Israel's central bank has called on the government to ease rules on Palestinian workers who often buy work permits in the country illegally to bypass restrictions tying them to a single employer.
About 20,000 Palestinian workers, or 30 percent of the Palestinian workforce in Israel, pay a monthly fee to obtain a permit from one employer and then work illegally for another, research from the Bank of Israel showed.
With unemployment in the occupied West Bank and Gaza at more than 30 percent, tens of thousands of Palestinians - mostly from the West Bank - legally work in Israel in jobs providing higher pay than those in Gaza and the West Bank.
Three-quarters of Palestinians who purchased work permits worked in construction, bank research showed.
It estimated annual revenue from the permit trade to be about 480 million shekels ($137m), with about 120 million shekels ($34.2m) in profits going to permit traders.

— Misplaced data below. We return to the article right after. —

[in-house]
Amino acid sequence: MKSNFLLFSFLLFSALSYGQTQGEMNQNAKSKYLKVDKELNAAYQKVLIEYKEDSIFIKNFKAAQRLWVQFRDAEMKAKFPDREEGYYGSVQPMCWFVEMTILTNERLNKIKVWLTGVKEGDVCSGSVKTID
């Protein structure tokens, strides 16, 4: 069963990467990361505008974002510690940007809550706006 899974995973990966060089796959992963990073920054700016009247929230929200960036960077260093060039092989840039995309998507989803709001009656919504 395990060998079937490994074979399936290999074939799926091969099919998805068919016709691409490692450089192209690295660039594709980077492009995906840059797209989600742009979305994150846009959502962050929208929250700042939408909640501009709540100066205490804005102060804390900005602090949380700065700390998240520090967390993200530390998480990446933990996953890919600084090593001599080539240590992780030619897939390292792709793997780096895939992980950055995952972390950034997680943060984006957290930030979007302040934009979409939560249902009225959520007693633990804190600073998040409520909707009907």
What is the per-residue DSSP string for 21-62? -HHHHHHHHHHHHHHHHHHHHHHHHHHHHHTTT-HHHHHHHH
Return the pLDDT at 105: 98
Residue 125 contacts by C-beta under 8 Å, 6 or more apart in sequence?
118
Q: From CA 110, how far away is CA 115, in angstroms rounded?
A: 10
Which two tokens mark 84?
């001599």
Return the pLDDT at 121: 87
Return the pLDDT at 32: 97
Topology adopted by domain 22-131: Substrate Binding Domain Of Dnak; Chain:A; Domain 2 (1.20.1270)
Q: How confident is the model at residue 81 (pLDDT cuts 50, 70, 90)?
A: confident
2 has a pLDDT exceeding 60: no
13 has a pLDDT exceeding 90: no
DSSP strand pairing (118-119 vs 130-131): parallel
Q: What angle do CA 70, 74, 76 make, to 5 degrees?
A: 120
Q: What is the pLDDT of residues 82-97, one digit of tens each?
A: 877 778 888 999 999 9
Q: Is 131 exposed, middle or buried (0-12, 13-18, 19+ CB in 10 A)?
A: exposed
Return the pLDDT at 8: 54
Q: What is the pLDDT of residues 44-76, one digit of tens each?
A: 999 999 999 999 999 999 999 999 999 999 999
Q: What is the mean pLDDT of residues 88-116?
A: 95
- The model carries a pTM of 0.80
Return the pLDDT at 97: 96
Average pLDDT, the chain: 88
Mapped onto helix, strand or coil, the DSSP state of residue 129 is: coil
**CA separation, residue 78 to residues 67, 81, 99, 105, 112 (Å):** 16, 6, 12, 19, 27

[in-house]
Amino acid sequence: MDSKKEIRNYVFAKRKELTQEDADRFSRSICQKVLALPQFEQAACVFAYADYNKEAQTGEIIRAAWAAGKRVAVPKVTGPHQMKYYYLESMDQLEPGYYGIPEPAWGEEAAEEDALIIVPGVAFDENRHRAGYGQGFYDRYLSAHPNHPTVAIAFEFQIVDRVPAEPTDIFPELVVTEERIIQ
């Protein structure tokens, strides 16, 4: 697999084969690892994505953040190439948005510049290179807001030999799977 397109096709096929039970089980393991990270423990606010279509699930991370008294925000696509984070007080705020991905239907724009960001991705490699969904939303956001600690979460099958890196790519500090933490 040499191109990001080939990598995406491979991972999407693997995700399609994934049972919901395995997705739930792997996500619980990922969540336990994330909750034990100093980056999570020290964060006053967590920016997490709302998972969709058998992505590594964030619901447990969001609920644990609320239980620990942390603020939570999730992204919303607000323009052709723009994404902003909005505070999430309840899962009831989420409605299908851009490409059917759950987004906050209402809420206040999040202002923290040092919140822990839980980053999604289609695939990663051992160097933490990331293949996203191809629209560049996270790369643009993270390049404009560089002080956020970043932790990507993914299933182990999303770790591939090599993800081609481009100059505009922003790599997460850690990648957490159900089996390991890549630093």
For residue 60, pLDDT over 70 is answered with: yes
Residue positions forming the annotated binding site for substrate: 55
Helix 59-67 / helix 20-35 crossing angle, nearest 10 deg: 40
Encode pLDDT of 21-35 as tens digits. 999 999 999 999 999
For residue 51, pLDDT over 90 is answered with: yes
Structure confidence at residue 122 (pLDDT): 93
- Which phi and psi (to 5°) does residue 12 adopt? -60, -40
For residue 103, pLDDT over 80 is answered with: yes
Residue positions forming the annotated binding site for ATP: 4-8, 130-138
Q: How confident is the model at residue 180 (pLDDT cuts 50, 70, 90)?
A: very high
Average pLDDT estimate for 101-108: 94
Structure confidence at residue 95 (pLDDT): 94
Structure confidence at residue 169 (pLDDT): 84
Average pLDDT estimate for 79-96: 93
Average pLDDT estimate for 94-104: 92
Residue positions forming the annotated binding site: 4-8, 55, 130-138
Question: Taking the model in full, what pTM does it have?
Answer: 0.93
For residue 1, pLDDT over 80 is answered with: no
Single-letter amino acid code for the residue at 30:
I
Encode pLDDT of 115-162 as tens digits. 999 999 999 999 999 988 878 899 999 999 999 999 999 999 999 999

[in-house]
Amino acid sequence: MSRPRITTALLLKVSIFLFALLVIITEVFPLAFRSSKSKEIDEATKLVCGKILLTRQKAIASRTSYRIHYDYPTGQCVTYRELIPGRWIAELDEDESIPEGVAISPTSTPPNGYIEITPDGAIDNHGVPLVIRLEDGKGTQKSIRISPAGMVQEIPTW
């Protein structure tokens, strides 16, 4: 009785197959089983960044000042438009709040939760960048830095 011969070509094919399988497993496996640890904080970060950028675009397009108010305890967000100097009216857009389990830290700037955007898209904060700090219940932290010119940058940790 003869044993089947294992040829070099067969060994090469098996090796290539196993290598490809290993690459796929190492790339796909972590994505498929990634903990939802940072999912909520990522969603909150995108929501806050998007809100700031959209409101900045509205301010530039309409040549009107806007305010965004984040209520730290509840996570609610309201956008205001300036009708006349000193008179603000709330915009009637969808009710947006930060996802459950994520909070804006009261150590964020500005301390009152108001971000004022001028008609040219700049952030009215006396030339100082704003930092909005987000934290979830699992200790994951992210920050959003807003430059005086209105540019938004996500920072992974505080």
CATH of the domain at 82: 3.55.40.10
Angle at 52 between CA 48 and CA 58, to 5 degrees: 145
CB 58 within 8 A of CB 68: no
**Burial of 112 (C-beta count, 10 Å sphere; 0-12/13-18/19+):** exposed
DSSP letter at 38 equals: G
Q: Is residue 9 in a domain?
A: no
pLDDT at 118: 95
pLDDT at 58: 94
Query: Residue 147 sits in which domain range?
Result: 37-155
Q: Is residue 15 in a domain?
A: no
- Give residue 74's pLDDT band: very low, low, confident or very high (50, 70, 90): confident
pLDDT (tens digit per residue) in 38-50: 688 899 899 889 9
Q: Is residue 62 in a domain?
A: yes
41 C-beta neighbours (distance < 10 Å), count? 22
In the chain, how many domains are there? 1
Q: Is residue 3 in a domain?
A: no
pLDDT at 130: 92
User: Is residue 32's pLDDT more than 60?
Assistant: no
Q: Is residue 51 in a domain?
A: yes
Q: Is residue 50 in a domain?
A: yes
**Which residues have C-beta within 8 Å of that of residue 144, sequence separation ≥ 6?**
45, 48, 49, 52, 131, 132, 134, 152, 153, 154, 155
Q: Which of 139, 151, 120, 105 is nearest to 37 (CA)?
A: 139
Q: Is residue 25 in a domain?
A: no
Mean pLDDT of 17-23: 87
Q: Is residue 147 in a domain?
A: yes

The report said the 2,000-shekel ($570.9) monthly fee cancels out any worker income gains.
Palestinians who purchased permits made 10,100 shekels ($2,883.2) on average each month compared with 7,800 shekels ($2,226.6) for those who obtained them legally.
The Bank of Israel on Wednesday urged the government to implement reforms to the work-permit system that were approved in 2016 to allow Palestinian workers to hold jobs for different employers.
"[Cancelling] the obligation for a Palestinian worker to work only for a predefined employer is expected to enhance the efficiency of the allocation of Palestinian workers, increase their output and income, [and] significantly reduce the illegal trade in work permits," the bank said.